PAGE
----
7 New Year's intentions for yogis
It’s that time when we all recover from our holiday cookie hangovers and decide to conquer that goal, once and for all.
Generally, I’m not big on New Year's resolutions. I don’t like to be “pressured” into making lofty goals and as someone with a history of addiction, these big goals can actually be dangerous. (More on why I don’t make New Year's resolutions here.) That being said, there is something beautiful about the New Year. It’s a fresh slate — a year full of potential. And a year of yoga practice.
This year, I’m setting intentions for my practice. The word intention feels better to me than resolution. Resolution feels like a punishment; Intention feels purposeful and is more about the journey than the destination.
Here are some ideas for intentions for your 2016 yoga practice, and perhaps beyond.
1. Start, or deepen, your at-home practice
I love taking classes at studios, but I’ve grown to really cherish my at-home practice. It’s so personal and gives you an opportunity to take something you learned inside the studio home to focus on — whether that’s handstand or savasana.
2. Read the Yoga Sutras
Patanjali compiled what is considered to be the foundation for yoga philosophy in 400 CE. I’ve studied them but must confess that I’ve never read them in their entirety. This is probably the biggest yoga philosophy must-read. It’s like the bible of yoga.
3. Journal your practice
Writing helps me process what’s going on inside. I find that journaling after each yoga/meditation practice helps me evolve more.
4. Create a personal mantra
Mantras are powerful. I totally believe that we have the power to manifest our desires. So start manifesting! Give it some careful thought and write a mantra that is powerful to you. Here are some ideas for inspiration.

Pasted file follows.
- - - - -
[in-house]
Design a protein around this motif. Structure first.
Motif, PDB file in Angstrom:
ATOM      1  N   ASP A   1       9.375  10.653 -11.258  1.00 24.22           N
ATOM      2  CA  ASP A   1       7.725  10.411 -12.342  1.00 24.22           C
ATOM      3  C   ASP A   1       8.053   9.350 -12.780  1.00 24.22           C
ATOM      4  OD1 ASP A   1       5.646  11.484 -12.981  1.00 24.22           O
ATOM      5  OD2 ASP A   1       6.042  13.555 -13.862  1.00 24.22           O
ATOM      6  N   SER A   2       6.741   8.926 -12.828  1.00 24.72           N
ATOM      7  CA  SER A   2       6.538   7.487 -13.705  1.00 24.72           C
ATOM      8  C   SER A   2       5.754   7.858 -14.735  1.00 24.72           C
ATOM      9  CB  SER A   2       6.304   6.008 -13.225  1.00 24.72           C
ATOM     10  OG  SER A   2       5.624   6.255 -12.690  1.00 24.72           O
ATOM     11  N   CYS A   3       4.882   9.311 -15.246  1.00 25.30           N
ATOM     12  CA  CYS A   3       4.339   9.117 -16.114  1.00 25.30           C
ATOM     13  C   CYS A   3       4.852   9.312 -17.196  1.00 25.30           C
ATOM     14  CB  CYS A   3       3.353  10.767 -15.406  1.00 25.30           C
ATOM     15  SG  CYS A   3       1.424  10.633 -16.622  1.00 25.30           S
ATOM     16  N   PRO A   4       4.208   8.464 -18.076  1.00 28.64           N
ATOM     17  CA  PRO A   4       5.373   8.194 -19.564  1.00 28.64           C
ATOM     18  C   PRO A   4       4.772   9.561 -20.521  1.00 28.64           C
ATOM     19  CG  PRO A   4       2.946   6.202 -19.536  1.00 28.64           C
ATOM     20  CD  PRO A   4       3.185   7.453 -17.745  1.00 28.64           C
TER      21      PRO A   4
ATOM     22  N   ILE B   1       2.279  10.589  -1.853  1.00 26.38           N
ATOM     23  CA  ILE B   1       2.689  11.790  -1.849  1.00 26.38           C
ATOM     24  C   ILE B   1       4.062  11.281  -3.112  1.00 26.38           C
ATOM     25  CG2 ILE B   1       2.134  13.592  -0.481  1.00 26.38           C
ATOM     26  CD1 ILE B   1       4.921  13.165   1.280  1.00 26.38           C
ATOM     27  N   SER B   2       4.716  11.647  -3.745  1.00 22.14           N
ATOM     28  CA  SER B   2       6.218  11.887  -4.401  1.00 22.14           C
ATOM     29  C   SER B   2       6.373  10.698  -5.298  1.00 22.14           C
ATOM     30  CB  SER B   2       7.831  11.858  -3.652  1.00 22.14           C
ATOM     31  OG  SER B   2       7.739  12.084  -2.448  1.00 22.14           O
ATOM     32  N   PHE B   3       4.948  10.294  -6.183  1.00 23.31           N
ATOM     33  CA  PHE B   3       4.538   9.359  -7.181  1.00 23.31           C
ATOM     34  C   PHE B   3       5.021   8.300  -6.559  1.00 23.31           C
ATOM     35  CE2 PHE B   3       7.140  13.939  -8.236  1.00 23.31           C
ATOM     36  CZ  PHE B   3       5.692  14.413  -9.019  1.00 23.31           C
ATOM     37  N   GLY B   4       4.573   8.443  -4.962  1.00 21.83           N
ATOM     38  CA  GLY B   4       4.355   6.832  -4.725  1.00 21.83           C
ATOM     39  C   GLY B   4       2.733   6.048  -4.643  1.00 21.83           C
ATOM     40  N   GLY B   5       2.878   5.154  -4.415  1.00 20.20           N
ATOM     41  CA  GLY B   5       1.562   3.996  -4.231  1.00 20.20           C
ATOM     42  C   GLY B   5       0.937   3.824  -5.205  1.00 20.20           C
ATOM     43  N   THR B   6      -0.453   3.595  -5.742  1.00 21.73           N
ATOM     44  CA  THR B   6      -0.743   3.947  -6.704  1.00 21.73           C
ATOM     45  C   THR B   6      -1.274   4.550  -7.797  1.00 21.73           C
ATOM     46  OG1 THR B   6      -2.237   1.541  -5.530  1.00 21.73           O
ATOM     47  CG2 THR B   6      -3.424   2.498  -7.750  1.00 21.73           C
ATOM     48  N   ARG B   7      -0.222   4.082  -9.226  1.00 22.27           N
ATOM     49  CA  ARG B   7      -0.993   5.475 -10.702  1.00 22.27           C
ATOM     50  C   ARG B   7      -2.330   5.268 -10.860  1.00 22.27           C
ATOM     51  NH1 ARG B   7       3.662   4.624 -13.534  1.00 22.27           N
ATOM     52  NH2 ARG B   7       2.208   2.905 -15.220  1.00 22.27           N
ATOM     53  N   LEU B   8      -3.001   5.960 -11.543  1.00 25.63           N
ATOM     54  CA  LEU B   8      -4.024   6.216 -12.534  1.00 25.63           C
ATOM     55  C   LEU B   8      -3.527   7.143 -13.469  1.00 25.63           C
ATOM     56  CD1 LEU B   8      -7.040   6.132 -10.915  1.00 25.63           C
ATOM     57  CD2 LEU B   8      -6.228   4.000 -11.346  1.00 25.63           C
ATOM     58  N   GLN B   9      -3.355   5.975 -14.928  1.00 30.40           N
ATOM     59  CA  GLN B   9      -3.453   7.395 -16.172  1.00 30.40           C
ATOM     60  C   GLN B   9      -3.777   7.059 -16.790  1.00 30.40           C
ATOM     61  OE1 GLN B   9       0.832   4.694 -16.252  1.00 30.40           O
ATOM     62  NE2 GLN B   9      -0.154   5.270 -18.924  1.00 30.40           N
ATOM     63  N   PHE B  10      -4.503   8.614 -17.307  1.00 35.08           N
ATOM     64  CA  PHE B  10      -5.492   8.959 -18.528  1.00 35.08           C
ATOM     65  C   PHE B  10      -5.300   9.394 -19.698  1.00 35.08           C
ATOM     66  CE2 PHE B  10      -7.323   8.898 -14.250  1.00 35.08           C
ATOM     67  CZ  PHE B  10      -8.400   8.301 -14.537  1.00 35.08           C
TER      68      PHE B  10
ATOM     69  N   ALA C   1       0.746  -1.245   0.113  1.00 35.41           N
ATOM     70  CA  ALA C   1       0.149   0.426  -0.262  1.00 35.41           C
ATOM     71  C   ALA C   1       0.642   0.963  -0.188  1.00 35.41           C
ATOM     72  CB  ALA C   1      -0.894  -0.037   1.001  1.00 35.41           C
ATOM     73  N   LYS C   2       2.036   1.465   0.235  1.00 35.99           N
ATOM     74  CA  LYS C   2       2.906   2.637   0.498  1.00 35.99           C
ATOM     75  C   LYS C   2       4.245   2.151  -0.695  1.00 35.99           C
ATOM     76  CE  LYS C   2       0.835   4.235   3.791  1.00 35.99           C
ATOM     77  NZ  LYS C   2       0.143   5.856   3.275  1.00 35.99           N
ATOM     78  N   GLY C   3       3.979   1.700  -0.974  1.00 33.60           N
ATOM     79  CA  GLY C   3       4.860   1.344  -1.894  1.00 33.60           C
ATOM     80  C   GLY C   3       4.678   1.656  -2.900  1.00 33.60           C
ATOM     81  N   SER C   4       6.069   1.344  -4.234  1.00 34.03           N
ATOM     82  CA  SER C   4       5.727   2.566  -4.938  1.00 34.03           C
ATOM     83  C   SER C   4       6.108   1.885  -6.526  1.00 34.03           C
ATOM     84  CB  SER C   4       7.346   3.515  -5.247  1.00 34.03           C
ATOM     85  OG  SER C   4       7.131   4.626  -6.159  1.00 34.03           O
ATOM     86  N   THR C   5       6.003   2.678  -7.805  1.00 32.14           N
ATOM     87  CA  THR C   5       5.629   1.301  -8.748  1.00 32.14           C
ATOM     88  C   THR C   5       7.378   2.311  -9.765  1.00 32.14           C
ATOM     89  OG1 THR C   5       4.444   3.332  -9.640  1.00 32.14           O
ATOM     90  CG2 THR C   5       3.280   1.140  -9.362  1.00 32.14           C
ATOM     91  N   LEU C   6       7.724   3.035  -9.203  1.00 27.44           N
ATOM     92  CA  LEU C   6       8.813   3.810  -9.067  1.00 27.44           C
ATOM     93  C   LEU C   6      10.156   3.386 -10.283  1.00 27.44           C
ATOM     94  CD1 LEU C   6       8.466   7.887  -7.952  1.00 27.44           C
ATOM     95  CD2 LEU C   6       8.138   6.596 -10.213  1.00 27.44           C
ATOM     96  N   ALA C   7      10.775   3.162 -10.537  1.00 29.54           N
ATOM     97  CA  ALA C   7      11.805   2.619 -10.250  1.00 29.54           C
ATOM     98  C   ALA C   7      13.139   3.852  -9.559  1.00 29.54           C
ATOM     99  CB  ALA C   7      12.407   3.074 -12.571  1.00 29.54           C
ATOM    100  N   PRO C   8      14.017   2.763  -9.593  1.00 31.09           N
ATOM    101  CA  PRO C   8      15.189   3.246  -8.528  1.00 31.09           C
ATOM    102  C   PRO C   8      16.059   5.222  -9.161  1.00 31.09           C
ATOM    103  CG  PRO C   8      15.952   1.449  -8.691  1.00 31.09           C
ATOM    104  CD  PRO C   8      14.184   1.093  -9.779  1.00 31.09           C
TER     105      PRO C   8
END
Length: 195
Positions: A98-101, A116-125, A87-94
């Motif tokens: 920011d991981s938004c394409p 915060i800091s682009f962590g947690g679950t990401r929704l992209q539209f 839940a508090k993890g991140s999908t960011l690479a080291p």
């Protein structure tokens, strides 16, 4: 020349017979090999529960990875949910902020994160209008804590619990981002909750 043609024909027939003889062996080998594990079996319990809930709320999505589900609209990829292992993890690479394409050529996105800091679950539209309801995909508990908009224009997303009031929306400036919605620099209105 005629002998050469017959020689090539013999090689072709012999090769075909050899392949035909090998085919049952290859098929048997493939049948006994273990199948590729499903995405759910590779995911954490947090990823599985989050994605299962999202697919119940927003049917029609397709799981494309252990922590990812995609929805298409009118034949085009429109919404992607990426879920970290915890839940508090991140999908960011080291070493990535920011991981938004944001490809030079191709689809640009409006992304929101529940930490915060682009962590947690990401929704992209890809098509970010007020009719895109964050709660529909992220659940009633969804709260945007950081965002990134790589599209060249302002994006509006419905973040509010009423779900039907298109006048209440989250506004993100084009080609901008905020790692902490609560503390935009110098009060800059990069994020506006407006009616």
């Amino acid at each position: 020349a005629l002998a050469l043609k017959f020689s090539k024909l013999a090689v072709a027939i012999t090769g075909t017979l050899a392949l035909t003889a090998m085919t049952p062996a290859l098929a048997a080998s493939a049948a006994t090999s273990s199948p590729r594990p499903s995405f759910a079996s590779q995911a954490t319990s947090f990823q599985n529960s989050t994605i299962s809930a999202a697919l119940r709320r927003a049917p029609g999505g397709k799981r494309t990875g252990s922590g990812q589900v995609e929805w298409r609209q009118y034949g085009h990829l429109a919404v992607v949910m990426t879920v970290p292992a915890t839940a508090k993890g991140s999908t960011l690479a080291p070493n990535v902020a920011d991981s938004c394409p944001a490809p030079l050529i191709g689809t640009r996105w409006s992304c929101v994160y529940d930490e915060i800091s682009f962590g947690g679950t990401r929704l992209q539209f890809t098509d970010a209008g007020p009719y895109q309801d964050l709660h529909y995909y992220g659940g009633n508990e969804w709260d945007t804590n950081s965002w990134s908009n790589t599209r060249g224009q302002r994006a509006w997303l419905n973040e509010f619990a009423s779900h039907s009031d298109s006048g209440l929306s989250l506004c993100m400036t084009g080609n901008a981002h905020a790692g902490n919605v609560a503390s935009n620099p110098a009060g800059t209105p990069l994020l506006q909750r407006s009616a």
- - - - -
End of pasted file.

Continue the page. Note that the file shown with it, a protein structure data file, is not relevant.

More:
5. Prioritize your meditation practice
In America, we quickly embraced the physical practice of yoga but have been slower to catch onto mindfulness. But I see a shift starting as more people experience the life-changing benefits of meditation. Sometimes it’s easier to muster the motivation to make time for our mat. But maybe this year you should focus more on making time for your meditation.
6. Look inward, not at the mirror or your neighbor
Even in the safe space of a yoga studio, we can become distracted. I see my students checking themselves out in the mirror and eyeing their neighbor. I’m guilty of this sometimes, too. Strive to take your practice inward to focus on how you feel rather than how you or your neighbor look.
Honor your body. You probably hear your yoga teacher tell you these words, or something similar. But how often do you actually take child’s pose when your tired? How often do you perform a sloppy vinyasa because you’re too proud to skip it? Set an intention to listen to and honor your body—especially when it needs rest.
These intentions are not SMART (Specific, Measurable, Achievable, Results-focused and Time-bound) goals. And that’s on purpose. They are meant to help you elevate your yoga practice, which is about the journey, not the destination. As Ashtanga guru Pattabhi Jois so famously said, “Practice and all is coming."